Netflix’s new teen drama is a 10-episode series from Chris Keyser that follows a group of privileged teenagers who embark on a school field trip, only to return to their New England town with all of their parents missing. This “Lord of the Flies” meets “The 100” series combines mystery and teen angst to bring a surprisingly complex story that deals with parallel universes and conspiracies. So if you’re the type of person who says “that’s not humanly possible” whilst watching fantasy shows, you’re likely to roll your eyes at the concept. However, I’m all for conspiracy theories and the darkness that comes with parallel universes, so I was on the edge of my seat the entire ride through. Here are some of my thoughts after watching.
When I was 12, I remember there was this American show called “Kid Nation”. The premise was basically the same with teens running a society on their own with a designated “mayor” and “working class” roles distributed among the town. What I learned from the show is that there’s a lot of teens willing to step up to be a leader, and there’s a lot of teens who will shell up and hide. I really liked seeing how characters reacted to the absence of their parents. It was obvious that all hell would break loose.
There’s a lot of political undertones in the series as characters debate whether a democracy is the best way to run their town. Additionally, other issues such as physical abuse, mental illness, and the death penalty are brought up for teens to face head on. Even the state of women’s rights are brought up as 16-year-old pregnant Becca utters the words “I didn’t even get to choose to be a mother.” The intensity of the show surprised me in that retrospect.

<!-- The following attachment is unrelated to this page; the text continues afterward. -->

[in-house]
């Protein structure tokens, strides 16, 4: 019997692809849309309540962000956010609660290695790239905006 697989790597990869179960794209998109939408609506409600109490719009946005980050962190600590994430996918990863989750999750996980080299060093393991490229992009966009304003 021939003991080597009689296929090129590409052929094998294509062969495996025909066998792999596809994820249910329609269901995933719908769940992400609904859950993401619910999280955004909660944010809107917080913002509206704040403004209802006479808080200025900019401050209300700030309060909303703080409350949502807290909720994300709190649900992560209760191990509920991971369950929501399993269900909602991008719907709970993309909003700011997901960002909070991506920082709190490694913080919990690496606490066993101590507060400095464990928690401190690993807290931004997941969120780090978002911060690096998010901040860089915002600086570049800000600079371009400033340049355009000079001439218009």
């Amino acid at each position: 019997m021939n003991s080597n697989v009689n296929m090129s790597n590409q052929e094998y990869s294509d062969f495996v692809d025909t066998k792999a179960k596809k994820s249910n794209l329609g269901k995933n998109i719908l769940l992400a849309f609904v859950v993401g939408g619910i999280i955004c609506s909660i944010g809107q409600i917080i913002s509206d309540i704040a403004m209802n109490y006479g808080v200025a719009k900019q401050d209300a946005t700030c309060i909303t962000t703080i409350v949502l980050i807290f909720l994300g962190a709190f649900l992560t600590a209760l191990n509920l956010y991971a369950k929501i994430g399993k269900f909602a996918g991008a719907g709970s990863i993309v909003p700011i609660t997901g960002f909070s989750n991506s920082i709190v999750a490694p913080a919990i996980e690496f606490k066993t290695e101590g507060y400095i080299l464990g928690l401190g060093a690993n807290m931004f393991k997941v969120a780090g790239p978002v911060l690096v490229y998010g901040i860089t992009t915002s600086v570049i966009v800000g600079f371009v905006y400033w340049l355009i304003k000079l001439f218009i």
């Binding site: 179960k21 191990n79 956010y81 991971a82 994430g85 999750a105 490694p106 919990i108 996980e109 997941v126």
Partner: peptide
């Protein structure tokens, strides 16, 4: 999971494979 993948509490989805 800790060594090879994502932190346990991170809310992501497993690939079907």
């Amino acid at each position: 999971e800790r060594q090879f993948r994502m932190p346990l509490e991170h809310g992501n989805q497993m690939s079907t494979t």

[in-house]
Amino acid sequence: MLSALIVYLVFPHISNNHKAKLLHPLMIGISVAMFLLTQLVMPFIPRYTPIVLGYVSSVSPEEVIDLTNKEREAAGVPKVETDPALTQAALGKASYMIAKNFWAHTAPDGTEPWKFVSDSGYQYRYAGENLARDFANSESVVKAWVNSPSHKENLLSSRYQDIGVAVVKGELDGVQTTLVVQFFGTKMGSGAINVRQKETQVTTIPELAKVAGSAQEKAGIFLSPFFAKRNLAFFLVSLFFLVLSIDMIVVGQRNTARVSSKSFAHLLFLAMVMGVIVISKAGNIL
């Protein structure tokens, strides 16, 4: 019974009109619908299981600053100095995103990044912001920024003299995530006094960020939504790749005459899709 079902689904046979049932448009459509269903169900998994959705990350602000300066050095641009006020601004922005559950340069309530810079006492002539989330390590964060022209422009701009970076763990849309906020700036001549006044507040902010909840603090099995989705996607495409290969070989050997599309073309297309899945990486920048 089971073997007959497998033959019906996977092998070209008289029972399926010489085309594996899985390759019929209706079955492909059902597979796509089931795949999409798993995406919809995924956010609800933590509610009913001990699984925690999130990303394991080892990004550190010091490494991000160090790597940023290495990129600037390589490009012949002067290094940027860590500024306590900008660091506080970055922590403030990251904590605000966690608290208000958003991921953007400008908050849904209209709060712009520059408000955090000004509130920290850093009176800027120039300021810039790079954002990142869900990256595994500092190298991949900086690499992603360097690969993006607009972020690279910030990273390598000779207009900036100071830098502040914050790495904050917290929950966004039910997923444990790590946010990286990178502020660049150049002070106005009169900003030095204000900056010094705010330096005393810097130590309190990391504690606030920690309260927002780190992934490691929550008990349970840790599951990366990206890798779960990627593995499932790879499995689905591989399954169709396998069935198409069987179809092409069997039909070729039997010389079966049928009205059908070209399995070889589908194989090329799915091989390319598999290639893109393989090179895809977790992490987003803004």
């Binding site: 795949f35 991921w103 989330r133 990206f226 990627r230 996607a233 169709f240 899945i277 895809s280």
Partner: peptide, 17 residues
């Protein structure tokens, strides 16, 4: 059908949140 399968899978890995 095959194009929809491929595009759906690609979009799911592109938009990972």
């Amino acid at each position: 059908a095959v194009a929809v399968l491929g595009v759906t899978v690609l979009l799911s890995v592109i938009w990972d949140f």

Kathryn Newton’s character, Allie, is the presumed main character who has one of my favorite story arcs as she goes from the rebellious little sister to the fearless heroin. Her performance was one of the most nuanced, as her sister’s death fuels her to become the leader of the town.
In fact, for a teen drama, the acting overall was fantastic. Other standouts include Alex Fitzalan, who plays the spoiled “sort of” villain. What I liked about his character is that he could’ve been the straight up psychopath like Campbell, but instead, he dives into an unexpected depression. Additionally, Jack Mulhern plays my favorite character from the series, Grizz, who’s the kind-hearted expedition leader and a closeted teen who starts a romance with Sam. It’s sweet and probably my favorite romance among the teen angst, although I’m weirdly hoping Allie and Harry work things out as well.
There’s so many other likable characters such as Kelly, Gordie, Helena and Will, but I like that a lot of them encompass some gray area to their morality, such as Luke and Harry. My one issue with the series is that there’s a LOT of characters to the point where I’m confusing some of the boys and girls. Don’t get me wrong, I love that there is representation of the LGBTQ and deaf community, but if there’s going to be 15 main characters, I’d would have liked more women and men of colour.
Finally, let’s talk about that ending! OK- so what’s up with the dog? Are we sure we know who killed Cassandra? And what universe are the kids in? Purgatory? It’s too soon to really come up with a coherent theory, but I think there’s some sort of parallel universe that the kids were sent to after discovering what the “smell” was all about. It’s so intriguing to me, but I imagine fans are dying for some more clues. Hopefully, the committee on going home can sort something out soon because I want answers. Let me know what you thought of the show below!